Sunday night was a sad evening for anyone who loves classical music in Baltimore and beyond. Leon Fleisher, the man who was the classical music soul of our fair city died at age 92. 38 years ago when I first came to this country to pursue guitar studies at Peabody, he was already there and had been there for 2 decades. I didn’t know Leon Fleisher well, but I had the opportunity to interview him a number of times. I also had the pleasure of his phenomenal recorded legacy and the privilege of sharing it with the WBJC audience. I hope you will indulge me in a memory or two.
Several years ago the students of Leon Fleisher’s studio embarked upon a project to play all of Beethoven’s Piano Sonatas in one day. I interviewed both the maestro and his pupils. Talking to Leon Fleisher about Beethoven was beyond fascinating and his students’ insights were also special. When the day came for the event I was only able, due to my commitments at WBJC, to hear the first four sonatas at 10 am and the last five…starting at about 9 pm. Leon Fleisher, then in his 80’s was there for it all. If his students were going to play these pieces he would be there to listen to them…all 32 sonatas worth!
After many years of not being able to use his right hand Leon Fleisher was able to return to two handed performance. The CD to celebrate this occasion was entitled Two Hands and created quite a stir in the classical music community. WBJC offered Leon Fleisher our studios so he could conduct interviews with stations across the country. I recorded a chat with Mr. Fleisher for local broadcast and engineered everyone else’s interviews. It was heartwarming to hear the admiration from my fellow radio hosts for this great musician. People who had never met him or seen him perform live were moved by his CD’s and for some LP’s!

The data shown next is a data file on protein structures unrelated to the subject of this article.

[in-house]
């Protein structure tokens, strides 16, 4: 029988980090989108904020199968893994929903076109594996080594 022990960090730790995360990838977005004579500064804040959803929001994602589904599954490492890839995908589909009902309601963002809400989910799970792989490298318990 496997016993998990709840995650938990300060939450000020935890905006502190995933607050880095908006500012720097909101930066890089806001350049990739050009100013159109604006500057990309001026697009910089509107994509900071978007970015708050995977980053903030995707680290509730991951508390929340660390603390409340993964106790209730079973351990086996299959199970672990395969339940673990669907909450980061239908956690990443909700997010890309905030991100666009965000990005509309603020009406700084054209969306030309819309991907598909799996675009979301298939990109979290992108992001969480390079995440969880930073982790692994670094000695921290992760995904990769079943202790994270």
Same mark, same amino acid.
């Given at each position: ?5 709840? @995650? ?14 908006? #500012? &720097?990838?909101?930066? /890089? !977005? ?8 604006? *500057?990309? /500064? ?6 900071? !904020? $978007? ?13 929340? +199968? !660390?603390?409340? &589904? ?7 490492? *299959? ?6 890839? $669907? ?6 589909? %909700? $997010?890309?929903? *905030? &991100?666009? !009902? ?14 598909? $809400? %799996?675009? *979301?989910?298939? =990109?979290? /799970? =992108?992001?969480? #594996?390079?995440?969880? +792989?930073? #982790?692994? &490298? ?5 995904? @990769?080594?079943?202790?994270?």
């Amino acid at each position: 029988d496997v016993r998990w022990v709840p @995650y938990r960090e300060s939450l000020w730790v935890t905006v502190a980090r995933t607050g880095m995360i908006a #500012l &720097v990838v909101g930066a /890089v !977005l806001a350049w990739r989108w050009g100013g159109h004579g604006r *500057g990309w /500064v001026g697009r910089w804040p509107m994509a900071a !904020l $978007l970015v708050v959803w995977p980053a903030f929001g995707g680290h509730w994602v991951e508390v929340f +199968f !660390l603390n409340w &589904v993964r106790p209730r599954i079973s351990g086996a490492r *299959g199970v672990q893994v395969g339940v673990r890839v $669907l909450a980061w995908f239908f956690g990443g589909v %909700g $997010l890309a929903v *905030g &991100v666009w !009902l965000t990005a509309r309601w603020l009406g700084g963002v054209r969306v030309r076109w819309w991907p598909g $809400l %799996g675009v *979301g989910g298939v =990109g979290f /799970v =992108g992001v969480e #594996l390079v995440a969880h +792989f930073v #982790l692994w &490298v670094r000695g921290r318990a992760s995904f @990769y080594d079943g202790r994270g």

My last interview with Leon Fleisher occurred two years ago when he performed Mozart’s Piano Concerto # 12 with the Baltimore Symphony. When he walked into the green room he said to me, “you are very busy”! It’s true! I was and am very busy…the fact that Leon Fleisher obviously listened to WBJC was very touching. We had an amazing conversation which was in retrospect rather autumnal. I edited down the original 9 minutes to 4 and kept the complete conversation for the web. On Saturday July 25 I wanted to honor Leon Fleisher’s birthday (July 23, 1928) on Music in Maryland and took the extended interview and illustrated it with musical examples. All of the excerpts are Fleisher’s performance with one exception! (If you can figure out which I will be impressed!) I think it’s a nice piece of work which honors his memory.
For the last several years I have been wondering how I would feel on this day. This is a sad day during a sad time. We have lost an old and good friend. Thankfully we have some amazing things to listen to, be moved by, learn from and enjoy. Leon Fleisher dead at 92, “he was a man, take him for all in all, we shall not look upon his like again.”